In accordance with this policy, Turkish embassies in Sub-Saharan Africa, opened in the first place to, among others, facilitate Turkish civil society engagement, have now become the outposts of the witch-hunt against the movement. To give impetus to this scheme, Mr. Erdogan has visited 9 African countries since he took the office in August 2014.
The main issue he raises with his African counterparts is not improving economic and political relations, but the closure of the Gulen movement schools or their transfer to the Turkish Maarif Foundation, which was established solely for this purpose. Mr. Erdogan seems to be using official development assistances and “other financial tools” as carrots to convince African leaders.
Few African countries, such as Somalia and Sudan, allies of Turkey, have submitted to Mr. Erdogan. Turkey made massive “development assistance” to these countries over the years.
To assuage fears that students might be affected by this crackdown in African countries, Turkish officials assured their African counterparts that no student will be affected by the transfer and a better quality education will be ensured.
Facts indicate otherwise. Turkey has failed even to maintain a good, quality education in a small number of schools it directly runs in countries such as Afghanistan, Saudi Arabia, and Moldova, let alone those in Africa. Although the number of these government-run-schools is small and salaries are encouraging compared to working in Turkey, Turkish Education Ministry can hardly find teachers willing to work for these schools.
The situation in Somalia is a clear indication of this reality. The schools and a private hospital affiliated with the movement were confiscated by the Somali government and the Turkish personnel of these institutions was deported right after the coup attempt.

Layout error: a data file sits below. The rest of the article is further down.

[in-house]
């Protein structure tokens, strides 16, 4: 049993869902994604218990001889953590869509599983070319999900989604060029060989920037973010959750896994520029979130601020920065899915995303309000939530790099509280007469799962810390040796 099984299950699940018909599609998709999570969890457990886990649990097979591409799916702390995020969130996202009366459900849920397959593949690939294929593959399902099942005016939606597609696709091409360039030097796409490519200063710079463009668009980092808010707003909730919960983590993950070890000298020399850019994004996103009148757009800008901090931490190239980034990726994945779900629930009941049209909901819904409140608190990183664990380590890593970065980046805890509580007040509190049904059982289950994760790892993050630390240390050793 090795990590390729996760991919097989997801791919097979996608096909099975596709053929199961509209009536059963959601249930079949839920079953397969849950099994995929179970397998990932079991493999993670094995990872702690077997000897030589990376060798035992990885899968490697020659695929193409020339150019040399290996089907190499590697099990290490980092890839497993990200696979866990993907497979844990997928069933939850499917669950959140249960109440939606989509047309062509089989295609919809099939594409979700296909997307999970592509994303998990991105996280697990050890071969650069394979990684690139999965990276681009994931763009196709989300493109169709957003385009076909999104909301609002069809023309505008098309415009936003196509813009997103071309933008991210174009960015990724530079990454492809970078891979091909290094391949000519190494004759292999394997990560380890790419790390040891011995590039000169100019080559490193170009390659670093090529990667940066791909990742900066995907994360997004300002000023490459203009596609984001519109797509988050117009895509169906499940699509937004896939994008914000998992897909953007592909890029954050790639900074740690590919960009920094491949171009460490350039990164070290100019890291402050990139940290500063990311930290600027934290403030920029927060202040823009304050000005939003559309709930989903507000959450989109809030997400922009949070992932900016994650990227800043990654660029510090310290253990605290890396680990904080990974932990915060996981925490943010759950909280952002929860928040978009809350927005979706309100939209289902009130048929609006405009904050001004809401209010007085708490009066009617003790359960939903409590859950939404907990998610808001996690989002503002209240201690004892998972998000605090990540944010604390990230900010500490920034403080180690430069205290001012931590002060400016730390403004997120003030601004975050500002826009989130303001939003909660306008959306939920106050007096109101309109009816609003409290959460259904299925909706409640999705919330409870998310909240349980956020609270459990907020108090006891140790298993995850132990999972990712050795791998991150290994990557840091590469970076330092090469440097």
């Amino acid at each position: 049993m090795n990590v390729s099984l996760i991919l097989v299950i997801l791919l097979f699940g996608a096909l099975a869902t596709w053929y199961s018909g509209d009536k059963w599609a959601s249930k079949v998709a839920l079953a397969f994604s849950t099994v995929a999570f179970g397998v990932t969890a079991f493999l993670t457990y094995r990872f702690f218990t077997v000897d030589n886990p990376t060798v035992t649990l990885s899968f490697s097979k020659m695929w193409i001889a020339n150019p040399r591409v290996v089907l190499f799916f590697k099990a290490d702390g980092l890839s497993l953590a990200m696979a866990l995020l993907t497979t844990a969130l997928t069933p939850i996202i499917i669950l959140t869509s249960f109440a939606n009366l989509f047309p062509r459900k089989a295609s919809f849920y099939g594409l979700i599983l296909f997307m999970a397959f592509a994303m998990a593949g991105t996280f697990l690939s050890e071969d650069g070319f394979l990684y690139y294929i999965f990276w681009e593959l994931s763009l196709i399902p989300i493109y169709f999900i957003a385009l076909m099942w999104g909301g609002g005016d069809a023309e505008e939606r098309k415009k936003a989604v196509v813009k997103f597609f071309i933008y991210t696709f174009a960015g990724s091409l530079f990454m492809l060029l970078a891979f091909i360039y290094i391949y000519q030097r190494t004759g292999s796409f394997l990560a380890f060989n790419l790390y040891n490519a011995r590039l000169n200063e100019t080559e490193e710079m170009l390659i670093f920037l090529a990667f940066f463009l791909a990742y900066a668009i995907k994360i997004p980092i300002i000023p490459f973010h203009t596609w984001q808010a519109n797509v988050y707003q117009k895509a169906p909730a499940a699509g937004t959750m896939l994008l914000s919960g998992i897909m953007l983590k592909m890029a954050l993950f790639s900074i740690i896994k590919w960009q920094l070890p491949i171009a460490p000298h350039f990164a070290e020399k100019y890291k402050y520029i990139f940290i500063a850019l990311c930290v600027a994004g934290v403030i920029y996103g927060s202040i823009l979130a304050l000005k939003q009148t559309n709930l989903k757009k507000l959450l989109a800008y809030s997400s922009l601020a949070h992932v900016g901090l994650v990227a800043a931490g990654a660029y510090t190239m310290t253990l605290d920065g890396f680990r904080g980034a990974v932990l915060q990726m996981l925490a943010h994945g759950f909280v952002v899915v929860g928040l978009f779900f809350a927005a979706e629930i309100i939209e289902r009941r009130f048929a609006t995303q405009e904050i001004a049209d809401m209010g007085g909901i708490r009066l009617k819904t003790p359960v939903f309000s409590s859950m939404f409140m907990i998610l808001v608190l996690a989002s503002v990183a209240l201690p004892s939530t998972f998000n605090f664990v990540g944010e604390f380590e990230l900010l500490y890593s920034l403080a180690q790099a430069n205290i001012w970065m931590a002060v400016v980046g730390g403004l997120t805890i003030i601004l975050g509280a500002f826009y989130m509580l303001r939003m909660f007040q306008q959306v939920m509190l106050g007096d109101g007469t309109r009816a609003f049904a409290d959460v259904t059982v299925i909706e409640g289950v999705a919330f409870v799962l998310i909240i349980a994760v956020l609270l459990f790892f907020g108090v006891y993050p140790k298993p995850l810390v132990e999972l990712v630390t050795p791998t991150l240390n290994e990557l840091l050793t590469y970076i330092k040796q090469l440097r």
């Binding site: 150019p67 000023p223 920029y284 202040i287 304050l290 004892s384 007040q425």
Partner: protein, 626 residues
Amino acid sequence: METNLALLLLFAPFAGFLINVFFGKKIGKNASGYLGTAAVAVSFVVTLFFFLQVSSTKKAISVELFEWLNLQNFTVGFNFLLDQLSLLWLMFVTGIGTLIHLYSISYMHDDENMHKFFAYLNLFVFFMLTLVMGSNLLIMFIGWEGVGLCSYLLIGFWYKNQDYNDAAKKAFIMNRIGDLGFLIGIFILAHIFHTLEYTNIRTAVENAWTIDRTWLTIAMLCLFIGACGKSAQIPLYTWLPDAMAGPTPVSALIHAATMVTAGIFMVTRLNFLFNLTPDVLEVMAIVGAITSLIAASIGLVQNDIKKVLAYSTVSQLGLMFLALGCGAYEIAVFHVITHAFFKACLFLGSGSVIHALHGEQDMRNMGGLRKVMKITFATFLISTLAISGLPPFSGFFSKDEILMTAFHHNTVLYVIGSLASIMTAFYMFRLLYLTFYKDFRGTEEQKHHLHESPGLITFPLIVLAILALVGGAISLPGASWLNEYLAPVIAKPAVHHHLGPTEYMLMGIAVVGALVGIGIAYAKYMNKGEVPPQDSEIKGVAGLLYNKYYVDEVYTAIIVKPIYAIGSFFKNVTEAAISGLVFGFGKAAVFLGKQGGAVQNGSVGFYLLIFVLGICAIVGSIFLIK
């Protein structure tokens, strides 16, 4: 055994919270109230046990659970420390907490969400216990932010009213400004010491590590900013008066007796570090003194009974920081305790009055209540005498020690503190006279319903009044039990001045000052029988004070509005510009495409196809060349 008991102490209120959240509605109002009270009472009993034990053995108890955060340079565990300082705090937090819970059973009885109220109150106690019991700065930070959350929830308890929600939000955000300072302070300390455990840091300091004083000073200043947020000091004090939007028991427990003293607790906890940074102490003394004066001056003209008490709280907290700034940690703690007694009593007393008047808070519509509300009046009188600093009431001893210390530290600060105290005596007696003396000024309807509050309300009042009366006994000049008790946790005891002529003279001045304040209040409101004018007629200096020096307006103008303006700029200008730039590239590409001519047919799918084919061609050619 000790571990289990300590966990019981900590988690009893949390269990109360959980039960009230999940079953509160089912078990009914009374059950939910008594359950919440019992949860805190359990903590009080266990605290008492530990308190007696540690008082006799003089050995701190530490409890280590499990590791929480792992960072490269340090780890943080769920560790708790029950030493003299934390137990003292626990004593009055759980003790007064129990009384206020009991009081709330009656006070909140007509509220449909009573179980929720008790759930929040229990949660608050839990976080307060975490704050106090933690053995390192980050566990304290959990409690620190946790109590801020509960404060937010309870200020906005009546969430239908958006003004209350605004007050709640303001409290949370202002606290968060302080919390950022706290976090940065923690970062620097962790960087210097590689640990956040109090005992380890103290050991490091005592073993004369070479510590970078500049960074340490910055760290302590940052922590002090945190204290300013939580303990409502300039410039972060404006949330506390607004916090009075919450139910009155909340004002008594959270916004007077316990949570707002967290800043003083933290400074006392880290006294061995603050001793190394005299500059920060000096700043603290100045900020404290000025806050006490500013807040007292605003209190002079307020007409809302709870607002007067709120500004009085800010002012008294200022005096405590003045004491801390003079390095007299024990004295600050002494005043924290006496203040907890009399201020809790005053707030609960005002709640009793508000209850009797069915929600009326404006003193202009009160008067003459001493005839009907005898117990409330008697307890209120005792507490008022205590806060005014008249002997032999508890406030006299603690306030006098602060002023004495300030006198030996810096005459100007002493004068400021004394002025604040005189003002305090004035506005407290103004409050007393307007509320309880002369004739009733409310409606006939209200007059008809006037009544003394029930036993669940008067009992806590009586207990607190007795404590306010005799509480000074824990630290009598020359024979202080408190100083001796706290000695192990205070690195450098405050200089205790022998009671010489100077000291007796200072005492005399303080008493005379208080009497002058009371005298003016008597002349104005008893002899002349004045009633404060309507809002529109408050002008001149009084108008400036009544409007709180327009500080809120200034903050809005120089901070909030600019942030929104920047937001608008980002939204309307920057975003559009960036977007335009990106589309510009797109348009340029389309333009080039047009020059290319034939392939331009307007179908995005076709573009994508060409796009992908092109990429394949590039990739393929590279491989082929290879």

The schools, which were supposed to be run jointly by the two governments, are still far from functioning effectively. The case regarding the hospital is even worse. It was shut down even though it was providing free-of-charge health care for thousands in Somalia, where health care is a rare luxury. On the other hand, Turkish government cannot fully operate the 200-bed Recep Tayyip Erdogan Hospital, which was officially opened in 2014, due to a meager number of Turkish doctors willing to work in Somalia.
As a result of this new antagonistic stance against the Gulen movement, Turkey’s Africa partnership policy, which used to be led by NGOs, is increasingly transforming into a state controlled one. In this regard, “Turkish Foreign Business Relations Board”, which was established in 1986 by private sector businesses was expropriated in 2014 in order to address its ineffectiveness against TUSKON.
Now, the Gulen movement schools are expected to be taken over by the state-owned Maarif Foundation. Turkish people who have been supporting charities, as well as individuals such as doctors who took part in health screening campaigns in Africa, are now being persecuted and their businesses are being confiscated.
Mr. Erdogan’s next target will be the Republic of South Africa as the preparations for his visit in coming weeks are underway. There is no doubt that the Gulen schools and other institutions will most probably be high on his agenda.
Those schools and institutions in South Africa are well-known for their educational and humanitarian efforts which are fully in line with the UN Sustainable Development Agenda.
Surviving the apartheid regime, one of the most inhumane treatments towards black Africans, South Africans are wary of prejudices against any racial, religious or social groups.
It is highly likely that South Africa, as an economic and political powerhouse of Africa with established democratic traditions, will bow to Mr. Erdogan’s demands on closing/transferring the Gulen-affiliated institutions in the country to Maarif Foundation or other groups controlled by Mr. Erdogan’s family.
Source: The Globe Post , June 12, 2017